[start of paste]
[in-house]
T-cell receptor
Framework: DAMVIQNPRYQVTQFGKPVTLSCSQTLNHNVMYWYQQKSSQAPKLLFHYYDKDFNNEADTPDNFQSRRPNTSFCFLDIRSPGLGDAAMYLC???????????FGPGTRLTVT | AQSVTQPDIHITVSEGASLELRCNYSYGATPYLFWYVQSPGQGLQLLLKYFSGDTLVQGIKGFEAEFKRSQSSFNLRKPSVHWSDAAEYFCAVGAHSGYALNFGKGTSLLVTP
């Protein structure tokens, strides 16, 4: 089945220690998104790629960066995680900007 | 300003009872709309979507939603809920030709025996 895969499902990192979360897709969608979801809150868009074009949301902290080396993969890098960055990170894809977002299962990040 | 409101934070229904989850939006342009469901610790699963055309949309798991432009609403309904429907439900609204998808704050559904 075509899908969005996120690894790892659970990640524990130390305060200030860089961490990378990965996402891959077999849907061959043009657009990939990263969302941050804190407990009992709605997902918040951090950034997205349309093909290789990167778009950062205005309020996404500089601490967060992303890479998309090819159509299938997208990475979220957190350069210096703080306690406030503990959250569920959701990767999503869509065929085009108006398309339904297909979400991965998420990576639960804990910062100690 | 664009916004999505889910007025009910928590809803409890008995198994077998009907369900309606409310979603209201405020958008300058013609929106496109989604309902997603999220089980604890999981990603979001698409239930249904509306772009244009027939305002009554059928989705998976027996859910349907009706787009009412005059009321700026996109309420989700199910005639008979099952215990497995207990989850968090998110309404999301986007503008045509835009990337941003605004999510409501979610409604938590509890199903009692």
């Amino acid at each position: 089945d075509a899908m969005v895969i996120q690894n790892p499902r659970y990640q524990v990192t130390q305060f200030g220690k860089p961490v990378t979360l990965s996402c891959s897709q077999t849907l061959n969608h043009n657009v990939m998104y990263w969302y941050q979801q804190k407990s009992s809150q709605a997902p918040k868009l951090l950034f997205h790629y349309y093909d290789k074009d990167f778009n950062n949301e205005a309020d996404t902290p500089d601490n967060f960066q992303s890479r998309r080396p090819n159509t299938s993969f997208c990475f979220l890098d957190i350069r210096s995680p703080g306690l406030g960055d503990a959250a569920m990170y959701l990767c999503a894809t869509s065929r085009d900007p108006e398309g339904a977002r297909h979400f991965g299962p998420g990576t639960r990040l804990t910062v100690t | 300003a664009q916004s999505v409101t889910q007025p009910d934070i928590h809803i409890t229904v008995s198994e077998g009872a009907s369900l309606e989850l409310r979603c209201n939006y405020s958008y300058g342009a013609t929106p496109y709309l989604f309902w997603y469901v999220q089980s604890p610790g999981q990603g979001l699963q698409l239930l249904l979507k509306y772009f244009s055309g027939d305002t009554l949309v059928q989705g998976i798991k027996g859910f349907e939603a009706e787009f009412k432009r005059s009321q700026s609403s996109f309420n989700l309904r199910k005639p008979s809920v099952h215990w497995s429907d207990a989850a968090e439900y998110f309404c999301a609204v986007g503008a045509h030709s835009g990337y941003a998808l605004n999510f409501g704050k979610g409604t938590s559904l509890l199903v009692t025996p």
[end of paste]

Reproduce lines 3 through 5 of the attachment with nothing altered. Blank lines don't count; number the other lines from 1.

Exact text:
Framework: DAMVIQNPRYQVTQFGKPVTLSCSQTLNHNVMYWYQQKSSQAPKLLFHYYDKDFNNEADTPDNFQSRRPNTSFCFLDIRSPGLGDAAMYLC???????????FGPGTRLTVT | AQSVTQPDIHITVSEGASLELRCNYSYGATPYLFWYVQSPGQGLQLLLKYFSGDTLVQGIKGFEAEFKRSQSSFNLRKPSVHWSDAAEYFCAVGAHSGYALNFGKGTSLLVTP
């Protein structure tokens, strides 16, 4: 089945220690998104790629960066995680900007 | 300003009872709309979507939603809920030709025996 895969499902990192979360897709969608979801809150868009074009949301902290080396993969890098960055990170894809977002299962990040 | 409101934070229904989850939006342009469901610790699963055309949309798991432009609403309904429907439900609204998808704050559904 075509899908969005996120690894790892659970990640524990130390305060200030860089961490990378990965996402891959077999849907061959043009657009990939990263969302941050804190407990009992709605997902918040951090950034997205349309093909290789990167778009950062205005309020996404500089601490967060992303890479998309090819159509299938997208990475979220957190350069210096703080306690406030503990959250569920959701990767999503869509065929085009108006398309339904297909979400991965998420990576639960804990910062100690 | 664009916004999505889910007025009910928590809803409890008995198994077998009907369900309606409310979603209201405020958008300058013609929106496109989604309902997603999220089980604890999981990603979001698409239930249904509306772009244009027939305002009554059928989705998976027996859910349907009706787009009412005059009321700026996109309420989700199910005639008979099952215990497995207990989850968090998110309404999301986007503008045509835009990337941003605004999510409501979610409604938590509890199903009692």
């Amino acid at each position: 089945d075509a899908m969005v895969i996120q690894n790892p499902r659970y990640q524990v990192t130390q305060f200030g220690k860089p961490v990378t979360l990965s996402c891959s897709q077999t849907l061959n969608h043009n657009v990939m998104y990263w969302y941050q979801q804190k407990s009992s809150q709605a997902p918040k868009l951090l950034f997205h790629y349309y093909d290789k074009d990167f778009n950062n949301e205005a309020d996404t902290p500089d601490n967060f960066q992303s890479r998309r080396p090819n159509t299938s993969f997208c990475f979220l890098d957190i350069r210096s995680p703080g306690l406030g960055d503990a959250a569920m990170y959701l990767c999503a894809t869509s065929r085009d900007p108006e398309g339904a977002r297909h979400f991965g299962p998420g990576t639960r990040l804990t910062v100690t | 300003a664009q916004s999505v409101t889910q007025p009910d934070i928590h809803i409890t229904v008995s198994e077998g009872a009907s369900l309606e989850l409310r979603c209201n939006y405020s958008y300058g342009a013609t929106p496109y709309l989604f309902w997603y469901v999220q089980s604890p610790g999981q990603g979001l699963q698409l239930l249904l979507k509306y772009f244009s055309g027939d305002t009554l949309v059928q989705g998976i798991k027996g859910f349907e939603a009706e787009f009412k432009r005059s009321q700026s609403s996109f309420n989700l309904r199910k005639p008979s809920v099952h215990w497995s429907d207990a989850a968090e439900y998110f309404c999301a609204v986007g503008a045509h030709s835009g990337y941003a998808l605004n999510f409501g704050k979610g409604t938590s559904l509890l199903v009692t025996p």